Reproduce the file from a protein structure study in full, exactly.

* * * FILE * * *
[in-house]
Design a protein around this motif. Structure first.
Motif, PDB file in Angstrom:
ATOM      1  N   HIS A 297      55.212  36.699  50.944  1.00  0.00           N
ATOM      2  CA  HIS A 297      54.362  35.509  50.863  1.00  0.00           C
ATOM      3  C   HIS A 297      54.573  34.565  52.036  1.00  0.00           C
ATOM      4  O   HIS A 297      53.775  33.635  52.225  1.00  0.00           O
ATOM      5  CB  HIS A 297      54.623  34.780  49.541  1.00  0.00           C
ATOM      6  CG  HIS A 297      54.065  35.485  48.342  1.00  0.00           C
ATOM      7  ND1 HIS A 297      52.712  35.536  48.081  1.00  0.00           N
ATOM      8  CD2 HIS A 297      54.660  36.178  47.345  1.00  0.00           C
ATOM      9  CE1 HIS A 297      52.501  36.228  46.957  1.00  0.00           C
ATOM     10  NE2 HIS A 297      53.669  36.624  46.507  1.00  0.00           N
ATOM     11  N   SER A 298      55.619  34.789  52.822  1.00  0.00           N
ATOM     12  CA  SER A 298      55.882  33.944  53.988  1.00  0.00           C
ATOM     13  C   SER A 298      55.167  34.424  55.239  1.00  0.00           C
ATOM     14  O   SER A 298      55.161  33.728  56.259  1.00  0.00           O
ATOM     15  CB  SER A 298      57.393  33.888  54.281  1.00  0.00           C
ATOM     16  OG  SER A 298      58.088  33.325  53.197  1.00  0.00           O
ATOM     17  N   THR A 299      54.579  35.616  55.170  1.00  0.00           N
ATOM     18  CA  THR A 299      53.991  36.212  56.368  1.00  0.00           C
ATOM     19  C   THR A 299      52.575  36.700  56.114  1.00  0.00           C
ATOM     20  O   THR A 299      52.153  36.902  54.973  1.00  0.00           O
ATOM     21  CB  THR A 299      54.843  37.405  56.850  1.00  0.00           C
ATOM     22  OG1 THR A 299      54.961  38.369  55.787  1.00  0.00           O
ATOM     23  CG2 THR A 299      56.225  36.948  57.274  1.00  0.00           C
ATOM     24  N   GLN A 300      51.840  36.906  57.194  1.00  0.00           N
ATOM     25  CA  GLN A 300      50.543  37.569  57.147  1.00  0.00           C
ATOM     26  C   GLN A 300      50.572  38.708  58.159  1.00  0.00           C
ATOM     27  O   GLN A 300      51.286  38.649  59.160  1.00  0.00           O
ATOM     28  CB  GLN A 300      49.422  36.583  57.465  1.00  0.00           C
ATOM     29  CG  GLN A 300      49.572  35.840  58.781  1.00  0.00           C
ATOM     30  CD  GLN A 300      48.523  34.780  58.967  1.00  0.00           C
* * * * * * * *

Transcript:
[in-house]
Design a protein around this motif. Structure first.
Motif, PDB file in Angstrom:
ATOM      1  N   HIS A 297      55.212  36.699  50.944  1.00  0.00           N
ATOM      2  CA  HIS A 297      54.362  35.509  50.863  1.00  0.00           C
ATOM      3  C   HIS A 297      54.573  34.565  52.036  1.00  0.00           C
ATOM      4  O   HIS A 297      53.775  33.635  52.225  1.00  0.00           O
ATOM      5  CB  HIS A 297      54.623  34.780  49.541  1.00  0.00           C
ATOM      6  CG  HIS A 297      54.065  35.485  48.342  1.00  0.00           C
ATOM      7  ND1 HIS A 297      52.712  35.536  48.081  1.00  0.00           N
ATOM      8  CD2 HIS A 297      54.660  36.178  47.345  1.00  0.00           C
ATOM      9  CE1 HIS A 297      52.501  36.228  46.957  1.00  0.00           C
ATOM     10  NE2 HIS A 297      53.669  36.624  46.507  1.00  0.00           N
ATOM     11  N   SER A 298      55.619  34.789  52.822  1.00  0.00           N
ATOM     12  CA  SER A 298      55.882  33.944  53.988  1.00  0.00           C
ATOM     13  C   SER A 298      55.167  34.424  55.239  1.00  0.00           C
ATOM     14  O   SER A 298      55.161  33.728  56.259  1.00  0.00           O
ATOM     15  CB  SER A 298      57.393  33.888  54.281  1.00  0.00           C
ATOM     16  OG  SER A 298      58.088  33.325  53.197  1.00  0.00           O
ATOM     17  N   THR A 299      54.579  35.616  55.170  1.00  0.00           N
ATOM     18  CA  THR A 299      53.991  36.212  56.368  1.00  0.00           C
ATOM     19  C   THR A 299      52.575  36.700  56.114  1.00  0.00           C
ATOM     20  O   THR A 299      52.153  36.902  54.973  1.00  0.00           O
ATOM     21  CB  THR A 299      54.843  37.405  56.850  1.00  0.00           C
ATOM     22  OG1 THR A 299      54.961  38.369  55.787  1.00  0.00           O
ATOM     23  CG2 THR A 299      56.225  36.948  57.274  1.00  0.00           C
ATOM     24  N   GLN A 300      51.840  36.906  57.194  1.00  0.00           N
ATOM     25  CA  GLN A 300      50.543  37.569  57.147  1.00  0.00           C
ATOM     26  C   GLN A 300      50.572  38.708  58.159  1.00  0.00           C
ATOM     27  O   GLN A 300      51.286  38.649  59.160  1.00  0.00           O
ATOM     28  CB  GLN A 300      49.422  36.583  57.465  1.00  0.00           C
ATOM     29  CG  GLN A 300      49.572  35.840  58.781  1.00  0.00           C
ATOM     30  CD  GLN A 300      48.523  34.780  58.967  1.00  0.00           C